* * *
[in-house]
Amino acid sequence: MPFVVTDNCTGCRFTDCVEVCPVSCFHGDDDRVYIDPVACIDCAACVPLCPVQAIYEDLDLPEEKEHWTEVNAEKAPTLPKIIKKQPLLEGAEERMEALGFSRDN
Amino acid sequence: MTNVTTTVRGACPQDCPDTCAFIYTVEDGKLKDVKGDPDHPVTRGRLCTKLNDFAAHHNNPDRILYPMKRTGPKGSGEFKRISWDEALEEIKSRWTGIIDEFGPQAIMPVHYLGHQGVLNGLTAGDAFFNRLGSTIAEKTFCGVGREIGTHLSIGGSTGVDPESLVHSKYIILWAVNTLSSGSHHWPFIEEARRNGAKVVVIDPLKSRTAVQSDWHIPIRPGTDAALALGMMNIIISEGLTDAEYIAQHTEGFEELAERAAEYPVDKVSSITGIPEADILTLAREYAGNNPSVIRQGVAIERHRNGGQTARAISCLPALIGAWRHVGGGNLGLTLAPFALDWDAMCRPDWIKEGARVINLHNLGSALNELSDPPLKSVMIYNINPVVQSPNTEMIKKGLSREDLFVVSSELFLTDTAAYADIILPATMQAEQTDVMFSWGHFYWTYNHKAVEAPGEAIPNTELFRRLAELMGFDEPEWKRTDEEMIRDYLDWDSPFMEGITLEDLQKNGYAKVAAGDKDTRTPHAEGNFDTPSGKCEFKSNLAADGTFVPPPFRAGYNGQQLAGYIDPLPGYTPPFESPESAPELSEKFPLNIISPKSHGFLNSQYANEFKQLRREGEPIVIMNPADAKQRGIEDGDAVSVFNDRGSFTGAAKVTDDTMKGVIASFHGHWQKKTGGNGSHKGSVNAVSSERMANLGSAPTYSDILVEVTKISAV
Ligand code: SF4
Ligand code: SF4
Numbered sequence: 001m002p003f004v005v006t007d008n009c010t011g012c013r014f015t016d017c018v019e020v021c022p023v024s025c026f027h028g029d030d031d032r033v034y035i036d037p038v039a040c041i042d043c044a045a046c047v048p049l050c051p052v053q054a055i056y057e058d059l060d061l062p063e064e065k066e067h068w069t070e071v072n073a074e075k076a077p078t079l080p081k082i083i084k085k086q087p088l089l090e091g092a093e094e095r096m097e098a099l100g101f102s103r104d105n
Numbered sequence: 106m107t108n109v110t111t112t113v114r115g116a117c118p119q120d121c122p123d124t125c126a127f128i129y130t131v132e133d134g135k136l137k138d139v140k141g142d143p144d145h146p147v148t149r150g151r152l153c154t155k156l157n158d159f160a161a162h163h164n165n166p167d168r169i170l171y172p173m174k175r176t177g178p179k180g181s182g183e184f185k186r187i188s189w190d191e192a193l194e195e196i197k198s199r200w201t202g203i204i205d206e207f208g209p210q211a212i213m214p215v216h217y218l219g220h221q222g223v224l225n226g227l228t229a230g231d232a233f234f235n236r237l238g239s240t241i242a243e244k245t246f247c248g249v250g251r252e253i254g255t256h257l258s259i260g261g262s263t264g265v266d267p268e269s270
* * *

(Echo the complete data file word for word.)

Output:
[in-house]
Amino acid sequence: MPFVVTDNCTGCRFTDCVEVCPVSCFHGDDDRVYIDPVACIDCAACVPLCPVQAIYEDLDLPEEKEHWTEVNAEKAPTLPKIIKKQPLLEGAEERMEALGFSRDN
Amino acid sequence: MTNVTTTVRGACPQDCPDTCAFIYTVEDGKLKDVKGDPDHPVTRGRLCTKLNDFAAHHNNPDRILYPMKRTGPKGSGEFKRISWDEALEEIKSRWTGIIDEFGPQAIMPVHYLGHQGVLNGLTAGDAFFNRLGSTIAEKTFCGVGREIGTHLSIGGSTGVDPESLVHSKYIILWAVNTLSSGSHHWPFIEEARRNGAKVVVIDPLKSRTAVQSDWHIPIRPGTDAALALGMMNIIISEGLTDAEYIAQHTEGFEELAERAAEYPVDKVSSITGIPEADILTLAREYAGNNPSVIRQGVAIERHRNGGQTARAISCLPALIGAWRHVGGGNLGLTLAPFALDWDAMCRPDWIKEGARVINLHNLGSALNELSDPPLKSVMIYNINPVVQSPNTEMIKKGLSREDLFVVSSELFLTDTAAYADIILPATMQAEQTDVMFSWGHFYWTYNHKAVEAPGEAIPNTELFRRLAELMGFDEPEWKRTDEEMIRDYLDWDSPFMEGITLEDLQKNGYAKVAAGDKDTRTPHAEGNFDTPSGKCEFKSNLAADGTFVPPPFRAGYNGQQLAGYIDPLPGYTPPFESPESAPELSEKFPLNIISPKSHGFLNSQYANEFKQLRREGEPIVIMNPADAKQRGIEDGDAVSVFNDRGSFTGAAKVTDDTMKGVIASFHGHWQKKTGGNGSHKGSVNAVSSERMANLGSAPTYSDILVEVTKISAV
Ligand code: SF4
Ligand code: SF4
Numbered sequence: 001m002p003f004v005v006t007d008n009c010t011g012c013r014f015t016d017c018v019e020v021c022p023v024s025c026f027h028g029d030d031d032r033v034y035i036d037p038v039a040c041i042d043c044a045a046c047v048p049l050c051p052v053q054a055i056y057e058d059l060d061l062p063e064e065k066e067h068w069t070e071v072n073a074e075k076a077p078t079l080p081k082i083i084k085k086q087p088l089l090e091g092a093e094e095r096m097e098a099l100g101f102s103r104d105n
Numbered sequence: 106m107t108n109v110t111t112t113v114r115g116a117c118p119q120d121c122p123d124t125c126a127f128i129y130t131v132e133d134g135k136l137k138d139v140k141g142d143p144d145h146p147v148t149r150g151r152l153c154t155k156l157n158d159f160a161a162h163h164n165n166p167d168r169i170l171y172p173m174k175r176t177g178p179k180g181s182g183e184f185k186r187i188s189w190d191e192a193l194e195e196i197k198s199r200w201t202g203i204i205d206e207f208g209p210q211a212i213m214p215v216h217y218l219g220h221q222g223v224l225n226g227l228t229a230g231d232a233f234f235n236r237l238g239s240t241i242a243e244k245t246f247c248g249v250g251r252e253i254g255t256h257l258s259i260g261g262s263t264g265v266d267p268e269s270